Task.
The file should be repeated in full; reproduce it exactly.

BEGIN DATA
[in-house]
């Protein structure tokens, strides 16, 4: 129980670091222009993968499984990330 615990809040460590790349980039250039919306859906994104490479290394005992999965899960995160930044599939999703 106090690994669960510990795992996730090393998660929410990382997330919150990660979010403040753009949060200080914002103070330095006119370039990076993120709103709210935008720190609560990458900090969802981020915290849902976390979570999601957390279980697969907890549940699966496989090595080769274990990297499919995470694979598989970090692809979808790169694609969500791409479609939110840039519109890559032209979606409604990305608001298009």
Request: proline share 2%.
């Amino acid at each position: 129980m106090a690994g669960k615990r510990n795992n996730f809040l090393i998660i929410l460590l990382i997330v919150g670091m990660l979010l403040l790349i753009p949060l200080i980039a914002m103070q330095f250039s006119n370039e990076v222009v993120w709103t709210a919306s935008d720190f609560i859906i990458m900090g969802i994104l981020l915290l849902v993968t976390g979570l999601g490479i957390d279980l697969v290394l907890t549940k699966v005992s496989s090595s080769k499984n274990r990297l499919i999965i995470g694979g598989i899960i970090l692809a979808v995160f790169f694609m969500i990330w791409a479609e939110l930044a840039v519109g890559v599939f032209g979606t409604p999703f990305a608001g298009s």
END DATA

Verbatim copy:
[in-house]
């Protein structure tokens, strides 16, 4: 129980670091222009993968499984990330 615990809040460590790349980039250039919306859906994104490479290394005992999965899960995160930044599939999703 106090690994669960510990795992996730090393998660929410990382997330919150990660979010403040753009949060200080914002103070330095006119370039990076993120709103709210935008720190609560990458900090969802981020915290849902976390979570999601957390279980697969907890549940699966496989090595080769274990990297499919995470694979598989970090692809979808790169694609969500791409479609939110840039519109890559032209979606409604990305608001298009």
Request: proline share 2%.
């Amino acid at each position: 129980m106090a690994g669960k615990r510990n795992n996730f809040l090393i998660i929410l460590l990382i997330v919150g670091m990660l979010l403040l790349i753009p949060l200080i980039a914002m103070q330095f250039s006119n370039e990076v222009v993120w709103t709210a919306s935008d720190f609560i859906i990458m900090g969802i994104l981020l915290l849902v993968t976390g979570l999601g490479i957390d279980l697969v290394l907890t549940k699966v005992s496989s090595s080769k499984n274990r990297l499919i999965i995470g694979g598989i899960i970090l692809a979808v995160f790169f694609m969500i990330w791409a479609e939110l930044a840039v519109g890559v599939f032209g979606t409604p999703f990305a608001g298009s």